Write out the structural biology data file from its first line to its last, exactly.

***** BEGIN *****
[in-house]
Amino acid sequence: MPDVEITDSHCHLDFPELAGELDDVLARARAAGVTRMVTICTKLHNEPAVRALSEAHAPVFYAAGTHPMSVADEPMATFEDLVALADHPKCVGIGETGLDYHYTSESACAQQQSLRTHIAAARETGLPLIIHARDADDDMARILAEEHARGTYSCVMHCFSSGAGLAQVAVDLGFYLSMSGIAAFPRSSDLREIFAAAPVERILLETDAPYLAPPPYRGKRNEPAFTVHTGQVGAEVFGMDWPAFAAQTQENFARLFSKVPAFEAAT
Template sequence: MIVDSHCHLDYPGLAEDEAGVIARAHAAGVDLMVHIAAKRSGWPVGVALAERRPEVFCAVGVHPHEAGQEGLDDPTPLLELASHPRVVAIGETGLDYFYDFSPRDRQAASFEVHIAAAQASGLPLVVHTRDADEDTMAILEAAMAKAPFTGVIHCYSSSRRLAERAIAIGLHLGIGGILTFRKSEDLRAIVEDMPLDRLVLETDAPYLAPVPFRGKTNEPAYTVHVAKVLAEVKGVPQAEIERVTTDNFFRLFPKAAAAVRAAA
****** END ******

[in-house]
Amino acid sequence: MPDVEITDSHCHLDFPELAGELDDVLARARAAGVTRMVTICTKLHNEPAVRALSEAHAPVFYAAGTHPMSVADEPMATFEDLVALADHPKCVGIGETGLDYHYTSESACAQQQSLRTHIAAARETGLPLIIHARDADDDMARILAEEHARGTYSCVMHCFSSGAGLAQVAVDLGFYLSMSGIAAFPRSSDLREIFAAAPVERILLETDAPYLAPPPYRGKRNEPAFTVHTGQVGAEVFGMDWPAFAAQTQENFARLFSKVPAFEAAT
Template sequence: MIVDSHCHLDYPGLAEDEAGVIARAHAAGVDLMVHIAAKRSGWPVGVALAERRPEVFCAVGVHPHEAGQEGLDDPTPLLELASHPRVVAIGETGLDYFYDFSPRDRQAASFEVHIAAAQASGLPLVVHTRDADEDTMAILEAAMAKAPFTGVIHCYSSSRRLAERAIAIGLHLGIGGILTFRKSEDLRAIVEDMPLDRLVLETDAPYLAPVPFRGKTNEPAYTVHVAKVLAEVKGVPQAEIERVTTDNFFRLFPKAAAAVRAAA